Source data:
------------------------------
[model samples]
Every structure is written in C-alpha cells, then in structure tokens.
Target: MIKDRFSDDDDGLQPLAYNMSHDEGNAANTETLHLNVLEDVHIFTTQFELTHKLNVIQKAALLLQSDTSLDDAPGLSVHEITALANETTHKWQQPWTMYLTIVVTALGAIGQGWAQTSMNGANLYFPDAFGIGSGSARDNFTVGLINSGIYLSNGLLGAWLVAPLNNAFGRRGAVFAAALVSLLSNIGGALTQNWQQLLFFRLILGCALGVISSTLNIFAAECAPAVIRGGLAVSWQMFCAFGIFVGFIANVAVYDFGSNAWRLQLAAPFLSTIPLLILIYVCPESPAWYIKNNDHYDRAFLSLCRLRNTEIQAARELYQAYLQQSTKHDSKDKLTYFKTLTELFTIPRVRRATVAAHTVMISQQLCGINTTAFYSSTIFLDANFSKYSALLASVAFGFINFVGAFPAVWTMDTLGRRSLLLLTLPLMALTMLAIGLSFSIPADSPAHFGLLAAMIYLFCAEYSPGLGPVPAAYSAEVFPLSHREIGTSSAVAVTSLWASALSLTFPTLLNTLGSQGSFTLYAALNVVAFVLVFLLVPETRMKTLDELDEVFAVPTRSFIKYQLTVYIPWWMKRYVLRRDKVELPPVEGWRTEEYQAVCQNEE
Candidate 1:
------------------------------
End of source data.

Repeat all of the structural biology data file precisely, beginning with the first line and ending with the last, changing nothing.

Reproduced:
[model samples]
Every structure is written in C-alpha cells, then in structure tokens.
Target: MIKDRFSDDDDGLQPLAYNMSHDEGNAANTETLHLNVLEDVHIFTTQFELTHKLNVIQKAALLLQSDTSLDDAPGLSVHEITALANETTHKWQQPWTMYLTIVVTALGAIGQGWAQTSMNGANLYFPDAFGIGSGSARDNFTVGLINSGIYLSNGLLGAWLVAPLNNAFGRRGAVFAAALVSLLSNIGGALTQNWQQLLFFRLILGCALGVISSTLNIFAAECAPAVIRGGLAVSWQMFCAFGIFVGFIANVAVYDFGSNAWRLQLAAPFLSTIPLLILIYVCPESPAWYIKNNDHYDRAFLSLCRLRNTEIQAARELYQAYLQQSTKHDSKDKLTYFKTLTELFTIPRVRRATVAAHTVMISQQLCGINTTAFYSSTIFLDANFSKYSALLASVAFGFINFVGAFPAVWTMDTLGRRSLLLLTLPLMALTMLAIGLSFSIPADSPAHFGLLAAMIYLFCAEYSPGLGPVPAAYSAEVFPLSHREIGTSSAVAVTSLWASALSLTFPTLLNTLGSQGSFTLYAALNVVAFVLVFLLVPETRMKTLDELDEVFAVPTRSFIKYQLTVYIPWWMKRYVLRRDKVELPPVEGWRTEEYQAVCQNEE
Candidate 1: